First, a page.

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Salman Rushdie

The marriage of poor Kim Kardashian
Was krushed like a kar in a krashian.
Her Kris kried, "Not fair!
Why kan't I keep my share?"
But Kardashian fell klean outa fashian.

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Out Of Control

I have done everything that you say.
I followed your rules without question.
I thought it would help me see things clearly.
But insted of helping me see,
I look around and it is like I am running,
Im spinning outa control, outa control
Im spinning outa control, outa control.
Where should I go, what should I do.
I dont understand what you want from me.
Cauz I dont know, if I can trust you,
I dont understand what you want from me.
I feel like I am spinning out of control
Try to focus but everything is twisted,
And all alone I thought you were be there.
To let me know, Im not alone,
But in fact that is exactly what I want.
Im spinning outa control, outa control
Im spinning outa control, outa control
Where should I go, what should I do,
I dont understand what you want from me.
Cauz I dont know, if I can trust you,
Or all of the things you said to me.
And I may never know,
the answer to this sadlis mystery.
Where should I go, what should I do,
I dont understand what you want from me.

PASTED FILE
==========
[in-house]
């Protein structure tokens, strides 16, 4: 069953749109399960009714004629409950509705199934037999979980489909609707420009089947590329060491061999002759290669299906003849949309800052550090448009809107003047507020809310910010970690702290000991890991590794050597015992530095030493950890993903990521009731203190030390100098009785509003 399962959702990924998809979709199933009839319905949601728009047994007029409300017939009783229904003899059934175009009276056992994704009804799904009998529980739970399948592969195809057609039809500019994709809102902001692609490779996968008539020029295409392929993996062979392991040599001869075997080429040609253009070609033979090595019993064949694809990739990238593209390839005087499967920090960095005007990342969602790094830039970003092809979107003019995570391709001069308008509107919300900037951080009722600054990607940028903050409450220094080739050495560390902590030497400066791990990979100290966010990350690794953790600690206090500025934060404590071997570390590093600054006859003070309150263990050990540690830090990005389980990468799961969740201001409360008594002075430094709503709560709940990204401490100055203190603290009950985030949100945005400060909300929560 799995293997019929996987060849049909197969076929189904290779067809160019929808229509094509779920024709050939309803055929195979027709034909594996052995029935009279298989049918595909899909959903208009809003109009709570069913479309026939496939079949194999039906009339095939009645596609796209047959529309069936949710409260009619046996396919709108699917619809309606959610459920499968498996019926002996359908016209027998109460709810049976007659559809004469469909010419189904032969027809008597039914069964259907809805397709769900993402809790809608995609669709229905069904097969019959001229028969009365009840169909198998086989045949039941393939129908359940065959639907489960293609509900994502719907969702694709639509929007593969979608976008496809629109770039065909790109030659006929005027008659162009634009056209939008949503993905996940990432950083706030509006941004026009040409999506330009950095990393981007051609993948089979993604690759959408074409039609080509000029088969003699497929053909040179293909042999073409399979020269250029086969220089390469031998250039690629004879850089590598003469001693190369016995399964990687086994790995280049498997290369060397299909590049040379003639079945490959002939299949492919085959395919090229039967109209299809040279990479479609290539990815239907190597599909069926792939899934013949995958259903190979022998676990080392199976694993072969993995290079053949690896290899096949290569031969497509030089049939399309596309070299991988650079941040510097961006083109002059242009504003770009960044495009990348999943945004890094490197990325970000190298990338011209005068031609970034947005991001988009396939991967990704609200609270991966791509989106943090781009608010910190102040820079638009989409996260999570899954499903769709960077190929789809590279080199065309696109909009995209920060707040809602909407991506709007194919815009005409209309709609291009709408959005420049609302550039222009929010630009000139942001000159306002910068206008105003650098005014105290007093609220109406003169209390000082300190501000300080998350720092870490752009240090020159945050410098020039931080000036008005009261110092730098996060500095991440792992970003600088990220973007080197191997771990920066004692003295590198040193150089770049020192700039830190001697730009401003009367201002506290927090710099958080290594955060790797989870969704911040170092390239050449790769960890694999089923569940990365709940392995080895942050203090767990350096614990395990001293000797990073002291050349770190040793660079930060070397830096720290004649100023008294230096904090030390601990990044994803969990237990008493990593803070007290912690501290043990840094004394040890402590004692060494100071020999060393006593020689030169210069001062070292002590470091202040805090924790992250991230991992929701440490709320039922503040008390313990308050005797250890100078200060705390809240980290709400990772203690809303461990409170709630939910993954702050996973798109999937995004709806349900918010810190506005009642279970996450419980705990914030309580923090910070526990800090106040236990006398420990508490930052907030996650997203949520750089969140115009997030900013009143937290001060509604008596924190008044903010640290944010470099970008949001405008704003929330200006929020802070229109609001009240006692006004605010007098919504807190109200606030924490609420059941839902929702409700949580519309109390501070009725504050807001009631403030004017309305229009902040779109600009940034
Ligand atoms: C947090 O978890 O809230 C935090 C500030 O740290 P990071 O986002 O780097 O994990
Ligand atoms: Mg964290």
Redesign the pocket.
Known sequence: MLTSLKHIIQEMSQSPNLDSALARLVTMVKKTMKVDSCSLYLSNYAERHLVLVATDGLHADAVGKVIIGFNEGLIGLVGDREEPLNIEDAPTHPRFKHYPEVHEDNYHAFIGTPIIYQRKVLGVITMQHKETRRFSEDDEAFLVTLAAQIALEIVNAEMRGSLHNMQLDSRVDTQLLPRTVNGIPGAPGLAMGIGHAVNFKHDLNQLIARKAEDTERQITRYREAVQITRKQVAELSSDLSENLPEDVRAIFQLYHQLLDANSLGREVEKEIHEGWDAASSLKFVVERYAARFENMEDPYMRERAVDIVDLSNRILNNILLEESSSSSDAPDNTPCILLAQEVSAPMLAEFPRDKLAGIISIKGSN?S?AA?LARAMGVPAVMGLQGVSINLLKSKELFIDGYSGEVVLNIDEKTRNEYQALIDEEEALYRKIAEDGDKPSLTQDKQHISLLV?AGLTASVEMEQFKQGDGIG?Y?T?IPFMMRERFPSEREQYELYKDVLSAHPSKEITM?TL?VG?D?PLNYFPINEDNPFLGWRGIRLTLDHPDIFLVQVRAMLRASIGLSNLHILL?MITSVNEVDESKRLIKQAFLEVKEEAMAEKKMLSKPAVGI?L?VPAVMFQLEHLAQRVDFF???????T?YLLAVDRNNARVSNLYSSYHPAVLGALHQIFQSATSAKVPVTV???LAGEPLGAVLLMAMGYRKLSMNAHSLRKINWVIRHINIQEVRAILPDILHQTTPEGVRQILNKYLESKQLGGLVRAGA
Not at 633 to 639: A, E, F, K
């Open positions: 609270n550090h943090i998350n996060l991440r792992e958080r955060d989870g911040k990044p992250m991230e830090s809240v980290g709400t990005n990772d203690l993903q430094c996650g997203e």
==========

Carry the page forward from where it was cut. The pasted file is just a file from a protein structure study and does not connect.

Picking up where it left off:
It is still a mystery, it is still a mystery.
Im spinning outa control, outa control
Im spinning outa control, outa control
Im spinning outa control, outa control
Im spinning outa control, outa control
Im spinning outa control, outa control
Im spinning outa control, outa control
Im spinning outa control, outa control
Im spinning outa control, outa control
Where should I go, what should I do,
I dont understand what you want from me.
Cauz I dont know, if I can trust you,
Or all of the things you said to me.
And I may never know,
the answer to this sadlis mystery.
Where should I go, what should I do,
I dont understand what you want from me.
Im spinning outa control, outa control
Im spinning outa control, outa control!!

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Geoffrey Chaucer

The Canterbury Tales; the Wyves tale of Bathe

The Prologe of the Wyves tale of Bathe.

Experience, though noon auctoritee
Were in this world, were right ynogh to me
To speke of wo that is in mariage;
For, lordynges, sith I twelf yeer was of age,
Thonked be God, that is eterne on lyve,